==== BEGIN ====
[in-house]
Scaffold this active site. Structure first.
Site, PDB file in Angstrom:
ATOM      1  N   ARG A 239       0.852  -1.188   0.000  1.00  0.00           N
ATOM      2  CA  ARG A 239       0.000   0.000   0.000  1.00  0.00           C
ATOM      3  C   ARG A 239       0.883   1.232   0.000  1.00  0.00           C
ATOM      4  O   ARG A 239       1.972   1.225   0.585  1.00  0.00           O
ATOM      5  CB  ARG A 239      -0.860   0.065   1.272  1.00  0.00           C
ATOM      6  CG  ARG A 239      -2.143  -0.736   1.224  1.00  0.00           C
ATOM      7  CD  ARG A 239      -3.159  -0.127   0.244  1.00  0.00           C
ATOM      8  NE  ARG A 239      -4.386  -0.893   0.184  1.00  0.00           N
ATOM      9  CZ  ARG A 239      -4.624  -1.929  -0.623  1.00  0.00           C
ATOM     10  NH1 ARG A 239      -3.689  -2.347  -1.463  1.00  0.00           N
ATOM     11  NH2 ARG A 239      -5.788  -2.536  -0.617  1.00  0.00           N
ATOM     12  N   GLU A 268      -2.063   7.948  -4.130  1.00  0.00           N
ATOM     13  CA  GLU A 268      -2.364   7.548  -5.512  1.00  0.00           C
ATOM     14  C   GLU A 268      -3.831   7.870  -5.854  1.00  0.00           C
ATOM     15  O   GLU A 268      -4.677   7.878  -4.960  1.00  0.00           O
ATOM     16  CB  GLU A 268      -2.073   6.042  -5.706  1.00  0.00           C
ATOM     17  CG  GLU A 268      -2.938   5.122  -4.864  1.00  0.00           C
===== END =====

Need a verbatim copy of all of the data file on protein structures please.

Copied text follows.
[in-house]
Scaffold this active site. Structure first.
Site, PDB file in Angstrom:
ATOM      1  N   ARG A 239       0.852  -1.188   0.000  1.00  0.00           N
ATOM      2  CA  ARG A 239       0.000   0.000   0.000  1.00  0.00           C
ATOM      3  C   ARG A 239       0.883   1.232   0.000  1.00  0.00           C
ATOM      4  O   ARG A 239       1.972   1.225   0.585  1.00  0.00           O
ATOM      5  CB  ARG A 239      -0.860   0.065   1.272  1.00  0.00           C
ATOM      6  CG  ARG A 239      -2.143  -0.736   1.224  1.00  0.00           C
ATOM      7  CD  ARG A 239      -3.159  -0.127   0.244  1.00  0.00           C
ATOM      8  NE  ARG A 239      -4.386  -0.893   0.184  1.00  0.00           N
ATOM      9  CZ  ARG A 239      -4.624  -1.929  -0.623  1.00  0.00           C
ATOM     10  NH1 ARG A 239      -3.689  -2.347  -1.463  1.00  0.00           N
ATOM     11  NH2 ARG A 239      -5.788  -2.536  -0.617  1.00  0.00           N
ATOM     12  N   GLU A 268      -2.063   7.948  -4.130  1.00  0.00           N
ATOM     13  CA  GLU A 268      -2.364   7.548  -5.512  1.00  0.00           C
ATOM     14  C   GLU A 268      -3.831   7.870  -5.854  1.00  0.00           C
ATOM     15  O   GLU A 268      -4.677   7.878  -4.960  1.00  0.00           O
ATOM     16  CB  GLU A 268      -2.073   6.042  -5.706  1.00  0.00           C
ATOM     17  CG  GLU A 268      -2.938   5.122  -4.864  1.00  0.00           C